Soft introduction of the LWG in the guide groove of the guide element is achieved in that the successive longitudinal sections of the guiding devices are provided with slopes from one sliding surface into the next.
According to a preferred embodiment, it is ensured that the corresponding sliding surfaces are provided on the one hand to the guide element comprising the guide groove and on the other hand to the holder of the LWG. The sliding surfaces are arranged directly on the components which are to be aligned with respect to each other so that tolerances of the dimensions of further components of a plug housing cannot have any influence.
The resilient elements which produce an axial pressure of the LWG end faces to be connected and a lateral pressure of the LWG in the guide groove of the guide element are advantageously provided between the holder and a plug housing. The construction of the resilient elements can be done in various manners. For example, coil springs or rubber intermediate members may be used as in the case of the EP-PS 29 512.
In a preferred embodiment of the invention, however, it is ensured that the resilient elements are elongate extensions of the holder. The integrated resilient elements can produce both axial spring forces and lateral spring forces which are at right angles thereto. A holder integrated with resilient elements may be manufactured from a suitable synthetic resin as an injection moulded part.
It is furthermore possible to connect such a holder of the resilient elements with the plug housing as one member. Preferably the holder is locked as a separate component in a plug housing. The bonding of the LWG to the holder can then be produced unhinderedly from the plug housing. Moreover, different materials may be used and preferably, a high-quality and expensive material is used for the holder.
In a preferred embodiment, a resilient rod which is preferably locked with its end area in a plug housing, is forced axially with its central area against abutments of the holder for the LWG in the direction of the end face of the LWG and at right angles thereto in the direction of the guide groove of the guide element.
The guide element may be locked in the plug housing, a locked connection with the mating connector being avoided, since otherwise the guide element upon releasing the coupling part remains in the connector housing with which it is locked.
The plug housings of LWGs to be connected may be directly coupled together when, for example, one of the plug housings has a coupling connection enclosing the other plug housing.
It is preferred, however, that equal plug housings formed according to the invention can be introduced into a plug housing from both sides and be fixed by locking.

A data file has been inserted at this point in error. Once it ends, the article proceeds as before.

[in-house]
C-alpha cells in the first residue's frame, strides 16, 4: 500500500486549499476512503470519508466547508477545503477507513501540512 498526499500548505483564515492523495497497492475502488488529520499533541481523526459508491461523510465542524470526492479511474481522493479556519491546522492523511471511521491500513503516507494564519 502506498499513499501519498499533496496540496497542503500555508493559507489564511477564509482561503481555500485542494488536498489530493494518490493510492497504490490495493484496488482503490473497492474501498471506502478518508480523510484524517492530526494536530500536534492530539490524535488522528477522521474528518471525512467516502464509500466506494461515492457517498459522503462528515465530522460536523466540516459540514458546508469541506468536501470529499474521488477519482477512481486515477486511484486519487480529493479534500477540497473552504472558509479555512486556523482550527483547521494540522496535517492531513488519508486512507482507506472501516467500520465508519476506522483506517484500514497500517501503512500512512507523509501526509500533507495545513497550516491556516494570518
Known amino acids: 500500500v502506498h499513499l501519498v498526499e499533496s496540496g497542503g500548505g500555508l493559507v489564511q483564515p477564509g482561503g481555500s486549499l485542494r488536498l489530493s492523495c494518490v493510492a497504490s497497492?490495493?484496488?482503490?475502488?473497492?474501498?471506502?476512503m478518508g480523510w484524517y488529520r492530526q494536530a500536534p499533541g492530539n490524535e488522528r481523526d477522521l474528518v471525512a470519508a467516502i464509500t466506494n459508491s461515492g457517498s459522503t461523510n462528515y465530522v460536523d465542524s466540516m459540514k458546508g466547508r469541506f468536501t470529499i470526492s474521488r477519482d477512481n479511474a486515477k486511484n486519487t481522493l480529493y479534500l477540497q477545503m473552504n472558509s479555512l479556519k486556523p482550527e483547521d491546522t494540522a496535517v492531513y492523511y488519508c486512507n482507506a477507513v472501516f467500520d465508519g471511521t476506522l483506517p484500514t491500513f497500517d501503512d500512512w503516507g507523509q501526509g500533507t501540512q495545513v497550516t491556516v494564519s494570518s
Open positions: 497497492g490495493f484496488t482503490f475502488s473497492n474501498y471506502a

It is preferred that the locking elements for the locking of the plug housings have a sloping surface in the connector housing by which an axial pressure is maintained in the plug housing.
The end faces of the LWG engage each other sooner than the end faces of the plug housings. As a result of this a defined pressure of the resilient LWG end faces is produced.
Since the holder and the guide element have corresponding threading guides which in particular also guide transversely to the direction of pressure, the LWG slides reliably in the guide groove of the guide element contacting other parts of the plug connector.
In a defined position the LWG is connected to the holder for example it is bonded in a V-shaped groove of the holder.
A good and reliable bond is achieved in that the LWG is bonded in the groove of the holder via its primary coating consisting of a synthetic resin. The primary coating is therefore not removed from the LWG before bonding. Since, however, the quartz glass sheath underlying the primary coating has a smaller displacement with respect to the optical axis of the LWG, it is preferred that the contact surfaces of the LWG with the guide groove of the guide element are circumferential areas of the sheath layer of the LWG from which the primary coating has been removed. The alignment of the LWGs to be coupled is then determined by the guide groove of the guide element via the sheath layer. Due to the mutual coaxial and precise alignment of the cores of the LWGs the method of alignment according to the invention is particularly advantageous also for connecting monomode LWGs.
In order to prevent damage to the end faces of the LWG it is preferred that at least one axial projection projecting over the end face of the LWG is provided on the holder and fits in a recess of a corresponding holder to be coupled.